The picturesque town and fishing port boasts prime position along the coast (feast your eyes with our webcam), merging waterfront spoils with a stunning rural hinterland and even remnants of west Cornwall’s mining heritage. With such a myriad of natural landscapes, Porthleven is a veritable walkers’ paradise. The famed South West Coast Path cuts through the town, while a network of other routes traverse lake, countryside and farmland for a unique exploration of all the area has to offer.
You might want to coincide your stay with a not-to-be-missed event such as the Porthleven Food Festival, or pick the off-season for a spot of storm-watching while you roam the town and its surrounds on foot. Sample the lauded array of restaurants and cafés in Porthleven, hit the beach for a surfing holiday, or bring the family for an activity-packed adventure at one of west Cornwall’s most coveted destinations.
There’s oodles to see and do in and around Porthleven, whether you’re based here or visiting for the day. Head inland for sprawling country estates, stick to the coast for watersports and seascapes aplenty, or venture to nearby destinations such as Helston, Praa Sands, The Lizard, Penzance, Marazion and St Michael’s Mount - or seek out secret spots like Prussia Cove and Rinsey Head. You’ll stumble into Poldark filming locations like Church Cove alongside impossibly beautiful hotspots and Areas of Outstanding Natural Beauty such as Kynance Cove.
We’ve handpicked a variety of walks in and near Porthleven to show you the sheer variety of what’s on offer, should you wish to trek for your entire stay or don the walking boots for a little breath of fresh air with the kids...
Porthleven to Loe Bar/Helston
Best for: Taking it all in
Distance: 5/8 miles
Wooded valleys, a lake, country estate and the beautiful beaches of Porthleven – this walk has it all in one scenic round trip. Joining the South West Coast Path that runs parallel to the sea, the route takes you from Porthleven to Loe Bar: the beach separating the ocean and Loe Pool (Cornwall’s largest natural freshwater lake). For a shorter walk, you can stop here and head back; or to continue - walk around the edge of the lake and you’ll wander toward Penrose Estate and the National Trust-run, Stables café, which provides the perfect stop-off point for tea, cake and a toilet break.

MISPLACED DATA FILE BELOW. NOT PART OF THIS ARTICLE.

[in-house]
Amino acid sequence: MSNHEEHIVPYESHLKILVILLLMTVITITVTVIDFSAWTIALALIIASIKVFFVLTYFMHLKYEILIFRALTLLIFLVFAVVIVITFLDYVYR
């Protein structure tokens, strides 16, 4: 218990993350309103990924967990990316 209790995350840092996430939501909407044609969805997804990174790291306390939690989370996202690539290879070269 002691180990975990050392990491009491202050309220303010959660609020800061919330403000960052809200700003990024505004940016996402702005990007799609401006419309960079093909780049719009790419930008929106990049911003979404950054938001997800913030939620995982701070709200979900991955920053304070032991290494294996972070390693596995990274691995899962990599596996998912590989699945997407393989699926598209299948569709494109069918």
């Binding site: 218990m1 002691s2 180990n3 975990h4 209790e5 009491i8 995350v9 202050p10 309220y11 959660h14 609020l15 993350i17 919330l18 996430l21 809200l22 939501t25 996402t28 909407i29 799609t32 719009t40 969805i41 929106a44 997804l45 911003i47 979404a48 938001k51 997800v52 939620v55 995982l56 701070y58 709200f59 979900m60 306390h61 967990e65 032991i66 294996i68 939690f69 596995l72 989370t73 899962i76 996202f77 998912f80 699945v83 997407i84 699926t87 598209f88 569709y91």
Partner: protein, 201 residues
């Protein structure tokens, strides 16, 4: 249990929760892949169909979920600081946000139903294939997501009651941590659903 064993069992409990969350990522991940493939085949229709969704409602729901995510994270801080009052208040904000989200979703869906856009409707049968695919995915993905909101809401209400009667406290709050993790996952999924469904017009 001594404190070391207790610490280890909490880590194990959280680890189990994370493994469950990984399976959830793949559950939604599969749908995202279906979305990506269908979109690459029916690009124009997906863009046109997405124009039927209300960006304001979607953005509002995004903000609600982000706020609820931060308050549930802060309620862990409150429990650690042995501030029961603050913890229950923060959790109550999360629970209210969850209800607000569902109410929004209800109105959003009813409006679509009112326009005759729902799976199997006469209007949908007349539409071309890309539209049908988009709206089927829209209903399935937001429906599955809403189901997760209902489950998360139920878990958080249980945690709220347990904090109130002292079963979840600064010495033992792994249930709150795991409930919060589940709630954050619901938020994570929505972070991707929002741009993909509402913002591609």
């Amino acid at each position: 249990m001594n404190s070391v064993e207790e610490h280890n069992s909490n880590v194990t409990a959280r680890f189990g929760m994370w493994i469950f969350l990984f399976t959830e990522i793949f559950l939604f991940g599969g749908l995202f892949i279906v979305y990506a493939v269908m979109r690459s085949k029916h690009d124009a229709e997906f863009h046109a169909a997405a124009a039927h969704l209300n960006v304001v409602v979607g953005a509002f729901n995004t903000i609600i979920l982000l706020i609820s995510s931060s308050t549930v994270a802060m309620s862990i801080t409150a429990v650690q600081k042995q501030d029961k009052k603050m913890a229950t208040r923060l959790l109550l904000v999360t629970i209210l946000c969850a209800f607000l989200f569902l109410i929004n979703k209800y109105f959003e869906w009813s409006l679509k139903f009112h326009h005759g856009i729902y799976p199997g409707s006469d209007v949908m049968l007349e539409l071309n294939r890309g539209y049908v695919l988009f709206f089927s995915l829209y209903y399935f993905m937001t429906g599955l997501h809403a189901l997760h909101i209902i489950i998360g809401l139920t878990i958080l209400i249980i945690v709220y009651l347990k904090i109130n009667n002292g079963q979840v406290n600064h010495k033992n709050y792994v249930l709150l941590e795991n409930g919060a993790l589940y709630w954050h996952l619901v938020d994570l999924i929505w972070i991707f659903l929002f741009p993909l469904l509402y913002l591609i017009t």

Explore the public gardens or fill your boots at the café before continuing along the route, which leads into stunning, water-lined wooded valleys as you walk alongside the River Cober. You’ll eventually emerge by Helston Boating Lake, where you can enjoy another pit-stop at the café while the kids let loose in the play park before retracing your steps back to Porthleven. Alternatively, regular buses run between Porthleven and Helston, should you wish to put your feet up on the way back.
Porthleven to Praa Sands
Best for: Mining enthusiasts
Distance: 4.8 miles
This route follows the South West Coast Path to treat walkers to a series of coves, beaches and engine houses scattered along the clifflines. From Porthleven, you’ll pass Nichols Cove and then through an impressive geological site of regional importance as you absorb the imposing Wheal Prosper and Wheal Trewavas engine houses. Descend onto Rinsey (a sheltered sandy cove exposed only by the low tide, though with tricky access down the rock face), or continue along for expansive bay views as you head toward the golden stretch of Praa Sands. Here, you can enjoy a picnic on the beach, or dine overlooking it at Sandbar or Stones Reef Beach Bar & Kitchen before returning the way you came (or catching a bus back).
Loe Pool Round Walk
Best for: A lazy waterside walk
Distance: 6 miles
Start north of the lake either at the track near the Wheal Pool mine engine house or at Degibna Chapel to follow the path winding around the lake. Wander through woodland as you skirt the lake, and onward through the parkland of Penrose Estate before stopping at the Stables café for refreshments before continuing toward Loe Bar. Stretch out on the dog-friendly beach for a siesta or picnic, then complete the circuit – or extend your walk along the South West Coast Path to Porthleven. This loop is also great on two wheels, providing a great mix of easy cycling and more off-road terrain.
Porthleven to The Lizard
Best for: A stunning coastal hike
Distance: 13.4 miles